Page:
MotoGP

RC213V 2012-

2012
Debut
2013
Honda wins triple crown
2014
Honda wins consecutive triple crown
2016
Honda wins double crown (riders and constructors)
2017
Honda wins triple crown
2018
Honda wins consecutive triple crown
2019
Honda wins third consecutive triple crown

Current Champion: Overcoming Obstacles to Shine Even Brighter

The RC213V was unleashed in 2012, designed specifically for the new regulations that increased engine displacement from 800cc to 1000cc. Two types of machines (1000cc and Claiming Rule Teams ) raced in MotoGP this year. The RC213V had increased output due to the larger engine, but as fuel tank capacity was restricted to the same 21 liters as before, so too much focus on output alone was not feasible. The 2012 model had to find the best balance between output and fuel economy. Another issue that had to be cleared was weight. 2012 regulations raised minimum weight from 150kg to 153kg. All manufacturers built their racing machines to comply with the new regulations, but during off-season testing, the regulations were suddenly changed, raising the minimum weight once again, to 157kg. In motor sports, even an increase of 100g drastically changes the machine’s behavior. Every team, including Honda, was forced to redevelop every aspect of their machines. As the season started, a new problem - chattering from the front tyre - arose. Honda persevered and continued developing the machine throughout the season, ending on the podium in every race, and winning 12. Honda won the constructors' title for the second year running, and its factory team - Repsol Honda Team - clinched the teams' title by winning 12 grands prix. In 2013, Marc Márquez entered the premier MotoGP class, and with his promising talent since his Moto2 days, rode the RC213V to victory in 6 races, becoming the world’s youngest world champion, and contributed to Honda’s triple crown. Márquez and the RC213V went on to dominate the 2014 season from the opening round winning 12 straight grands prix, giving Honda its second consecutive triple crown with a total of 14 wins in 18 races, rewriting the records including the most number of season wins.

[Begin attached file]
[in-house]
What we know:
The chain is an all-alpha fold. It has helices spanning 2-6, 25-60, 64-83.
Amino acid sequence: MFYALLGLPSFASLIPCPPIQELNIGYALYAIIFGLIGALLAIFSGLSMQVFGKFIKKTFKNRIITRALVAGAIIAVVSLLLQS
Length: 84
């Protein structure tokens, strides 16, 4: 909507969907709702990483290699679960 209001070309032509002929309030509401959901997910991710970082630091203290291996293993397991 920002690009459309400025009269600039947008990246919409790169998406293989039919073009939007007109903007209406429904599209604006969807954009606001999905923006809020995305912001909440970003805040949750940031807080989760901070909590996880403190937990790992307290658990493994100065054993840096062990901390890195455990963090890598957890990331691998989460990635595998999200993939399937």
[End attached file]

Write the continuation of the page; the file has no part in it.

In 2016, MotoGP class regulations were drastically changed, with the introduction of limited engine units and the use of common ECU (Engine Control Unit) software. This year, Honda introduced the RC213V, conforming to the new regulations. Marc Marquez was on the podium in twelve of the 18 grands prix, five of which he won. With a massive points lead, he won the riders championship, giving Honda the constructors title as well, testifying to the new bike’s performance. In 2017, Honda won the triple crown, after failing to do so in the past two seasons, and went on the repeat the dominance in 2018 and 2019, raising Honda’s triple crown tally to nine times.

Engine
Liquid-cooled 4-stroke V-4 DOHC 4-valve
Displacement
1,000cc
Maximum Output
over 175kW
Weight
over 160kg
2019 Marc Marquez